"I do not accept your notion that Steam somehow doesn't count. In fact I'm pretty sure that Steam is the general model for the future: Games cannot be resold, and thus game companies capture the market of people not willing to pay full price for a game themselves by lowering price over time on digital distribution platforms. "

EA's Origin is an attempt to avoid this potential future. If you look at prices on comparatively closed digital platforms - PSN is the one I'm most familiar with - prices stay closer to MSRP for far longer than they do in retail channels. Moreover, post-launch DLC prices, which face no retail competition, are almost never discounted.

Steam, on the other hand, is an open platform where publishers are forced to offer discounts to compete for players' attention. Publishers hate this model because it is having a real effect on peoples' willingness to pay full price. (Consumers may also be suffering longterm in that sequel decisions are based on early, full-priced sales.) If studios can stop this they will.
 
@Coop I run a high end gaming laptop just for that reason. Plenty of places that build custom rigs. I got an HDMI cable from walmart, 30feet, for 20$. I got a 50 foot one on ebay for a bit more. I tried wifi TV and didn't like the lag.

The worst part is the cooling. BY far. Had to jimmy some things together to not start a fire.
 
The one "law" I would like to see is to explicitely forbid companies to use the term "sale" or "buy" when instead you "rent" or "lease".

In fact, as long as companies say I buy something I expect the courts to force them to allow me to re-sale.

That's all I want. Plain and simple language. Because buying a game for 40 Euros and renting a game fpr 40 Euros are different things.
 
Hrm, I think if you "buy" a game (hard copy) then technically it is your property and you can do what you want with it. Just like furniture.

If I want to sell my chair I shouldn't need to go ask IKEA if it's ok.

If they just change the terminology to "rent" or "lease" as the person above said then that would work better. Ofcourse I wouldn't want to rent or lease anything because I want to -own- it, so that I can do whatever the hell I like with it.
 
First, thanks for the correction. I remembered (or imagined) seeing it written "et tal" once, and never really questioned it thereafter. Post corrected.

Second, if Microsoft and Sony do indeed go the Steam pricing route, then everyone wins.

That said, I lack the extraordinary faith it requires to believe that Microsoft or Sony actually would, especially when they would no longer have to. What is stopping them from just... you know, continuing to sell games at $59.99 like they have for the last 10+ years? In the meantime, game prices for console users will effectively spike since there wouldn't be any sort of "used game reimbursement."

Finally, in terms of the game license future, I know it certainly looks inevitable right now; we certainly have not see much consumer (and thus politician) pushback thus far. But I think things will turn around eventually, especially once consumers start seeing themselves boxed into tighter, and more restrictive licenses. Because, ultimately, I don't think it is a game company's business who is using the controller in our own home. If you ask the average person whether letting their younger brother play Madden 2015 is piracy, they would say "of course not." And yet companies like Blizzard would up and ban you if they knew he played your WoW character. What's the difference? Not contractually, but literally?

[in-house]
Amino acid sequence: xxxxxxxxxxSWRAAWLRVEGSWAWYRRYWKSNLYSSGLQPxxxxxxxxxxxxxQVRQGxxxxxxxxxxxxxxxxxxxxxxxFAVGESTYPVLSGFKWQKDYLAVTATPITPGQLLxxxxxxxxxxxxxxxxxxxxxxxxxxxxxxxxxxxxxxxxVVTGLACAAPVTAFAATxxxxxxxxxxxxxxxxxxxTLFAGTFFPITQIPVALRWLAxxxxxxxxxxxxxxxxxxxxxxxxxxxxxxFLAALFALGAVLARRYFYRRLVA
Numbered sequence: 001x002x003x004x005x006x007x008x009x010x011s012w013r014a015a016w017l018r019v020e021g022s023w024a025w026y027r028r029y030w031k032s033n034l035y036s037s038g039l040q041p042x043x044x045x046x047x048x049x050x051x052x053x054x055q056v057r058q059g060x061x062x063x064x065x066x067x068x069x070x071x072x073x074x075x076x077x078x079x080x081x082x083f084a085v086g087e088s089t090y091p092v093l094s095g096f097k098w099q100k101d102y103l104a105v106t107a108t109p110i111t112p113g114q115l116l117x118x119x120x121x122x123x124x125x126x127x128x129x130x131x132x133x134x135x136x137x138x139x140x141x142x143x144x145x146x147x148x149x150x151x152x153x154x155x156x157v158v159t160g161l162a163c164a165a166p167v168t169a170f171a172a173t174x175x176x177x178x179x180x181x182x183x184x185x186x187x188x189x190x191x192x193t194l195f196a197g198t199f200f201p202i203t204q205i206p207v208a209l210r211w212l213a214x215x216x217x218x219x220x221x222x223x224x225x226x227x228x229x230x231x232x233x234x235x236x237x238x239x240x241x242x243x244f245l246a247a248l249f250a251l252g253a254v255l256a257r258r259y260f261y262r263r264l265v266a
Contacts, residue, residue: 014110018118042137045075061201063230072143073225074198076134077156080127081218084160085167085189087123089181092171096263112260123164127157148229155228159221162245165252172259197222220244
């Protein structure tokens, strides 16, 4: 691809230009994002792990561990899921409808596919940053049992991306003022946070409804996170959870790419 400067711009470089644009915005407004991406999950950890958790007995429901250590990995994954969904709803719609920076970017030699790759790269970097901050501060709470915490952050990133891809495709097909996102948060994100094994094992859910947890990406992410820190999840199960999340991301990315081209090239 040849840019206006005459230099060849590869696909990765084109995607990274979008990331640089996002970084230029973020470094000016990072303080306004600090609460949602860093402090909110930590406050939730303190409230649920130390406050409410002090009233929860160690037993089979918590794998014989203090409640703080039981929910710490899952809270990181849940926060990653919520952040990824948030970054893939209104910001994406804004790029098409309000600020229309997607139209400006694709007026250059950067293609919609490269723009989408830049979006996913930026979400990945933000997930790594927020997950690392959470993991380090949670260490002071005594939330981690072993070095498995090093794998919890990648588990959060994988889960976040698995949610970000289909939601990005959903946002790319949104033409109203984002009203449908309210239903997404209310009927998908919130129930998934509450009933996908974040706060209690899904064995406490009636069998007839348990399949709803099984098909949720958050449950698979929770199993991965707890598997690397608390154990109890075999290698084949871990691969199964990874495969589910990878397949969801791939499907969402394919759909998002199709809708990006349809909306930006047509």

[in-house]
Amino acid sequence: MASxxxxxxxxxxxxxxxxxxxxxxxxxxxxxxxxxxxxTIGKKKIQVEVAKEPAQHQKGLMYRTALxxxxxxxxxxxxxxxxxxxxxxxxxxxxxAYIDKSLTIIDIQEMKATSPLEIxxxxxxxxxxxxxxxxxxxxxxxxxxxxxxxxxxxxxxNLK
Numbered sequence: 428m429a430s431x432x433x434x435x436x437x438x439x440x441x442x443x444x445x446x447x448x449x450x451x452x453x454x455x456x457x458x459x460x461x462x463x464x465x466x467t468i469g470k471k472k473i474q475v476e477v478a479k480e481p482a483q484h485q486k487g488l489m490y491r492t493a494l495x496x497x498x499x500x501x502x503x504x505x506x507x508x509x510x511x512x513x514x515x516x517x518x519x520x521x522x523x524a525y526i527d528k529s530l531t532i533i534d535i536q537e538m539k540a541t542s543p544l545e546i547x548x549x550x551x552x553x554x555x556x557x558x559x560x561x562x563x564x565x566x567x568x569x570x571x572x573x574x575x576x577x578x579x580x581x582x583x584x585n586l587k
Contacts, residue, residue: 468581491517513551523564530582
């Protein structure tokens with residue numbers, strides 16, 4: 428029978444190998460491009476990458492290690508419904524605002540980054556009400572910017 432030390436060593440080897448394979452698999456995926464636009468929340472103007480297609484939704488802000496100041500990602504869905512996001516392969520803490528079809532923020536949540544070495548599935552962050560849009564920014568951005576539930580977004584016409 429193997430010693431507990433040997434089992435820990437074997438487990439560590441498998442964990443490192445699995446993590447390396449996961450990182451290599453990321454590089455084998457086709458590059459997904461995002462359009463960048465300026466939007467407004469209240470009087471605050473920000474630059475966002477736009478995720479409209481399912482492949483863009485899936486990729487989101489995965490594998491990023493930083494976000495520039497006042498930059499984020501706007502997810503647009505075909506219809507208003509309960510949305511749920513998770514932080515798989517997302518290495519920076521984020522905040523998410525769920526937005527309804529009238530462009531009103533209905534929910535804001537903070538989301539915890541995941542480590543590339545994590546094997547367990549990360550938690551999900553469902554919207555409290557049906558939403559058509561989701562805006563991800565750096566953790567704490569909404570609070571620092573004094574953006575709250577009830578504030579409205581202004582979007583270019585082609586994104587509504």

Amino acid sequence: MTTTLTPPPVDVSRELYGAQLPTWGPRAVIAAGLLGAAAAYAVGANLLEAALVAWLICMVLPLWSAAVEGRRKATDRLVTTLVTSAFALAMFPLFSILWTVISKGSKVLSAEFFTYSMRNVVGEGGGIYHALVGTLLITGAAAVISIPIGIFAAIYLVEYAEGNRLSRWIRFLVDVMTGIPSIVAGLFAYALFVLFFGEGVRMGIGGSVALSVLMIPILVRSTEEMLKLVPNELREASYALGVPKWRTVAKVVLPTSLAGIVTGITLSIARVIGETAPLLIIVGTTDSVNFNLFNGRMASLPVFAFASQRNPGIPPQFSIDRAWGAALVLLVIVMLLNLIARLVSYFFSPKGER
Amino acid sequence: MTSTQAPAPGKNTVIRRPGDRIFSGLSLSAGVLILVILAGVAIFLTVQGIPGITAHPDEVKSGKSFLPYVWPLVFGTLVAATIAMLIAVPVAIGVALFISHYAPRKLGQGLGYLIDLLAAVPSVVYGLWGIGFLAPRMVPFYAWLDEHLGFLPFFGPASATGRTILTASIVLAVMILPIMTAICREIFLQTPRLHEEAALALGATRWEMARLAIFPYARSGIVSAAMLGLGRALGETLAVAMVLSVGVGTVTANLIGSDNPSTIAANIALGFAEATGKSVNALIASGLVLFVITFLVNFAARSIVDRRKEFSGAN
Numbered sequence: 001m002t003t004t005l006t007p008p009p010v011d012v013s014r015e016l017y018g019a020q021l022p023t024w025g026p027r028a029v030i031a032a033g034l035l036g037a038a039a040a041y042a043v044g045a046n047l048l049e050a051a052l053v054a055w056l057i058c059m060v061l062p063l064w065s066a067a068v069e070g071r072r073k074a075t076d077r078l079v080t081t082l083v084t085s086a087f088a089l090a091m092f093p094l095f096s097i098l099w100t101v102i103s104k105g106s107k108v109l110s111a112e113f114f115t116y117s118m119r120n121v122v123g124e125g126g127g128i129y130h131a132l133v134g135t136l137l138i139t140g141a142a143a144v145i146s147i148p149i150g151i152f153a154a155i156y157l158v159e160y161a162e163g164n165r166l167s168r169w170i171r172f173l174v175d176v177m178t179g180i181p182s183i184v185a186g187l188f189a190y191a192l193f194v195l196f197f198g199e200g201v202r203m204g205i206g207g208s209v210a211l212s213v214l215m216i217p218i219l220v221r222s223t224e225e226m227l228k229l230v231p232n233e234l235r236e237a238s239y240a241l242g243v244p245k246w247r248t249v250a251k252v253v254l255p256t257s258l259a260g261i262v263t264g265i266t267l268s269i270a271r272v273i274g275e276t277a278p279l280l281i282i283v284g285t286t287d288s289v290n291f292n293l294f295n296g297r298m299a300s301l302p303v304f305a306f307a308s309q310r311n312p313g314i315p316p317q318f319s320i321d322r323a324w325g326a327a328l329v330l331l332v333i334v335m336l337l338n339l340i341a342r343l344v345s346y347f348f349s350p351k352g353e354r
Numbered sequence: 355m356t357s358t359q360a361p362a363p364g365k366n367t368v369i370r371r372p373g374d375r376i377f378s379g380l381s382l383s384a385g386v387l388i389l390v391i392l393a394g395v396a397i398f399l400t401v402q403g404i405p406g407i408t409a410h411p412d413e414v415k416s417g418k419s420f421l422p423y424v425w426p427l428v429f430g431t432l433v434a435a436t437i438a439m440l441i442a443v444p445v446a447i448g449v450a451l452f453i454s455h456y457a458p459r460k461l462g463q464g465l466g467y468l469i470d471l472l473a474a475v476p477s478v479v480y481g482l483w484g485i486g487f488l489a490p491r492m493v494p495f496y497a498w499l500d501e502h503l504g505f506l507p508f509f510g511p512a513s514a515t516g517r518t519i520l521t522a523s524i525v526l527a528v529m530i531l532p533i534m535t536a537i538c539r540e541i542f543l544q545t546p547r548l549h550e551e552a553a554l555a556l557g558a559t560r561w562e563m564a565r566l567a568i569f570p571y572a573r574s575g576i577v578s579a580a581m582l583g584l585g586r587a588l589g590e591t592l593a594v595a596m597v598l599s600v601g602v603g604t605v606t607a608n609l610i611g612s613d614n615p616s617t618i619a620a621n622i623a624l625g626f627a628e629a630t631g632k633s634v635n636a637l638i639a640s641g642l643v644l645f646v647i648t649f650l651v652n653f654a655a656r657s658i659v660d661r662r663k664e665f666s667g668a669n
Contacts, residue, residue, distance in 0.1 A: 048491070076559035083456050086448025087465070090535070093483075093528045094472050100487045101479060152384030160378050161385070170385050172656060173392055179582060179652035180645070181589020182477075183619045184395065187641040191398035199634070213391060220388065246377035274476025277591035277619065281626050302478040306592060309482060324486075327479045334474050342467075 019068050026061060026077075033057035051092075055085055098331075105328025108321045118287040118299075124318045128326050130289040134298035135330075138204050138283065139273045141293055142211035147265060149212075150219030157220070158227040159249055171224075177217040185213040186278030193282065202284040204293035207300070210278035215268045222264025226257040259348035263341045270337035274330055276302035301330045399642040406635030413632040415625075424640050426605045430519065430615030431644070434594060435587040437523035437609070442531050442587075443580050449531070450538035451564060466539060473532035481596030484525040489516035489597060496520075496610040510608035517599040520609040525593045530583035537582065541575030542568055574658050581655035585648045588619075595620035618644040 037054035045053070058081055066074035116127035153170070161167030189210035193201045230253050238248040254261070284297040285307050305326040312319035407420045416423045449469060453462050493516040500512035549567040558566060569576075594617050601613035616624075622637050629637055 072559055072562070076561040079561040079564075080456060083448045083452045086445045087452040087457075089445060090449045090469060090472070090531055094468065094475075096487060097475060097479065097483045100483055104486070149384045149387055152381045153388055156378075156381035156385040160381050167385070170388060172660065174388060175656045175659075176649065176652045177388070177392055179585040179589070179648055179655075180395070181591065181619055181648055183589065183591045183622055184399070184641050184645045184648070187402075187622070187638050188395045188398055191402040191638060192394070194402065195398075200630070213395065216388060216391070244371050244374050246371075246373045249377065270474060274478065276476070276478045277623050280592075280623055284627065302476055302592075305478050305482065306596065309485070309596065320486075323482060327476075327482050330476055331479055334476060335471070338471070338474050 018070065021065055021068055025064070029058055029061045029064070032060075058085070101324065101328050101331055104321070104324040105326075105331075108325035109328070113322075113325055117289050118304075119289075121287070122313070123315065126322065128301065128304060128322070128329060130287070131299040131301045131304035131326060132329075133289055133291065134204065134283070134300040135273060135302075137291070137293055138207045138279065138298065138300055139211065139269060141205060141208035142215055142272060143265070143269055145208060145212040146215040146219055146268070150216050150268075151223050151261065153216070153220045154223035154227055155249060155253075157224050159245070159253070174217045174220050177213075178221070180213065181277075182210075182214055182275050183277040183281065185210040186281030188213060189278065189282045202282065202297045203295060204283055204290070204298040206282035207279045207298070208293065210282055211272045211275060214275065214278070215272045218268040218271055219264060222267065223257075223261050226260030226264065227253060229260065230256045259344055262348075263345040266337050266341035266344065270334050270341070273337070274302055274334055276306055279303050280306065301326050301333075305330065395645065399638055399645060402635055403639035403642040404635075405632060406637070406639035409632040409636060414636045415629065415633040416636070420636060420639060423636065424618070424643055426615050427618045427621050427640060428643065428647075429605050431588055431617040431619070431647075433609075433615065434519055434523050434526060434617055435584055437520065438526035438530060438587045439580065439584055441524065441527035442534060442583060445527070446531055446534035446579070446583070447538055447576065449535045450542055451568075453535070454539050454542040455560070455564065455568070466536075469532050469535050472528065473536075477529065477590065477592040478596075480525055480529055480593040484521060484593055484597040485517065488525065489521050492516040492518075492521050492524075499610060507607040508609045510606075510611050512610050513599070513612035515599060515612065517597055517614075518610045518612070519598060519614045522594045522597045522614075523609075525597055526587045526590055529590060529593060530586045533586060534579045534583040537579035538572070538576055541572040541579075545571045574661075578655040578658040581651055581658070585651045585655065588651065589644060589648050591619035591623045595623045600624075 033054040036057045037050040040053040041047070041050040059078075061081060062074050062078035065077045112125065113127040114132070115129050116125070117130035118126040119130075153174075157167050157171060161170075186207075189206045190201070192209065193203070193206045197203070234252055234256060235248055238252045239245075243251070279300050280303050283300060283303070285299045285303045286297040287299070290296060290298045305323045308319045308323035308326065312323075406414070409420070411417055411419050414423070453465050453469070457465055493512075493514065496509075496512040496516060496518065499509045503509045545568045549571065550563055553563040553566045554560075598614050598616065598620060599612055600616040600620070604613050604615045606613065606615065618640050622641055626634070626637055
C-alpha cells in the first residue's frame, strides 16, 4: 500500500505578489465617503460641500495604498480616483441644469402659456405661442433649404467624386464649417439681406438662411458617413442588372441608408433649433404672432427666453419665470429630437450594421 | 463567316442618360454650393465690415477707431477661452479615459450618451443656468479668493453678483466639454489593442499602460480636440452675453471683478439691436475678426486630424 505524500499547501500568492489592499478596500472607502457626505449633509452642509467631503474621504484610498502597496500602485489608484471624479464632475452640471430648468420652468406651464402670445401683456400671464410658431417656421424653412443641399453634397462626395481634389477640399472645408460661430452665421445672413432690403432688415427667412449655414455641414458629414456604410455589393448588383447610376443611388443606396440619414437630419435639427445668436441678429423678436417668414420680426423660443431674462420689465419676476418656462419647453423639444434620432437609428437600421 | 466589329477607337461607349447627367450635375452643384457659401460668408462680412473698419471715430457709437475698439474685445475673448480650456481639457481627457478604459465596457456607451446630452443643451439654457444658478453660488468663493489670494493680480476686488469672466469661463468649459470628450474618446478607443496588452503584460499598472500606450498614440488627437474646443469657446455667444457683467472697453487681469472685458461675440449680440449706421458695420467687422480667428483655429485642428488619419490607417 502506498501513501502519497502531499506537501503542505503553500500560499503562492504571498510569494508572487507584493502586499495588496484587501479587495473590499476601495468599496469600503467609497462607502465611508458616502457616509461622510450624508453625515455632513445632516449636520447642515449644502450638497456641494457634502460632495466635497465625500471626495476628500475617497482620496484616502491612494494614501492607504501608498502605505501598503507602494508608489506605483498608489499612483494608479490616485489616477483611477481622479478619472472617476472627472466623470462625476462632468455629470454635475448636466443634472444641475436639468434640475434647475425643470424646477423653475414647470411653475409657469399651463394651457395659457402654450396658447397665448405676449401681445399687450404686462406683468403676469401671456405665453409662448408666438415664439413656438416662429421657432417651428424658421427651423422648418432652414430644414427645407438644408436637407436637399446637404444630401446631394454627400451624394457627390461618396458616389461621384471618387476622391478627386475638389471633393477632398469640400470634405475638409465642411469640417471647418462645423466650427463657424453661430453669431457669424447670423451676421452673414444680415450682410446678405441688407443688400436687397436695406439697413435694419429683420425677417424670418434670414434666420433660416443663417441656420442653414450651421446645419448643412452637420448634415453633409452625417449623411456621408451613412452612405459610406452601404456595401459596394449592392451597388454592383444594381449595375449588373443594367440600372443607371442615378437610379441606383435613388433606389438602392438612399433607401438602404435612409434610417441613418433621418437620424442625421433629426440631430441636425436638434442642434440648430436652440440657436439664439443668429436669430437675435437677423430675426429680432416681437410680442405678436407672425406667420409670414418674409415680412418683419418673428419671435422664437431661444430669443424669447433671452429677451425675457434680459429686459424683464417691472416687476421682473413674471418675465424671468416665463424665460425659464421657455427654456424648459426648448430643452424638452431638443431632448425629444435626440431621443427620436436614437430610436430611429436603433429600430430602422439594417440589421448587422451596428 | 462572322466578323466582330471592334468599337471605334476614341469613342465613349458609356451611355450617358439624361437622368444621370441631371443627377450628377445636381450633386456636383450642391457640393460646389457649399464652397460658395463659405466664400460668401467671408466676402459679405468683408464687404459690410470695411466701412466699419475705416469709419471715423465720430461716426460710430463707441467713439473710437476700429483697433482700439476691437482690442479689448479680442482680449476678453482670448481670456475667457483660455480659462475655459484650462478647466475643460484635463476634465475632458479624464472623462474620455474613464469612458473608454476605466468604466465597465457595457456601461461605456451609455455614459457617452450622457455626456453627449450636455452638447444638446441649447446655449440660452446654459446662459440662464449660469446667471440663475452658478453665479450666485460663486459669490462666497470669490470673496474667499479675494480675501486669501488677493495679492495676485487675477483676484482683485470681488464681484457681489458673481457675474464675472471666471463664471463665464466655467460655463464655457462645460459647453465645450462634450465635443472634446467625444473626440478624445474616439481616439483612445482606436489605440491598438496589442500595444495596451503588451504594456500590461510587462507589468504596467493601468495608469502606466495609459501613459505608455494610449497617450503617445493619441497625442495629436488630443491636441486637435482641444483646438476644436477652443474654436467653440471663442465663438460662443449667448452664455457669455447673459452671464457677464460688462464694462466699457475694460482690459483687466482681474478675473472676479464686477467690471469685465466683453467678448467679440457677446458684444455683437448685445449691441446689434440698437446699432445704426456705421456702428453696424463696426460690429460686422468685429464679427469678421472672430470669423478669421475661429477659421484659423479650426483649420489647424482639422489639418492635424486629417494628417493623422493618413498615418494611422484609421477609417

@amuz

That is a brilliantly simple solution.
 
You can get a glimpse of the future by comparing the xbox 360 store with the Steam store.

Judging by the 360 store, building a library of XBone games will be a expensive proposition. More than anything, this console generation will be a negotiation. Do we as consumers have the backbone to force Microsoft to sell old games for less?

That's literally the million dollar question.
 
What is stopping them from just... you know, continuing to sell games at $59.99 like they have for the last 10+ years?

Because of Camels and Rubber Duckies. If you control the retail outlet and can easily change prices (which isn't as obvious with physical boxes), you make more money by lowering prices at some point. Those who already wanted the game at $59.99 already got it, and you capture a whole new segment of the market.

Do you really believe Steam is doing all those sales out of the goodness of their hearts? They know they make more money out of them than leaving the prices high forever!
 
As someone in the software industry, I can not recall ever seeing the word "sold" near any sort of legal document; it is always license. It is a license agreement.

A lot of this seems to me a console thing born out of physical cartridges. Most people copy PC software because it is cheaper to steal not because they think it is legal.

Do people who think digital games will be able to be resold think the laws and trend will extend to music and movies? If I can sell the copy of World of Warcraft the games, should I also be allowed to sell the copy of World of Warcraft the movie (filming should begin next year for 2015 release) that I downloaded from Amazon or iTunes store? Digitally purchased music CDs?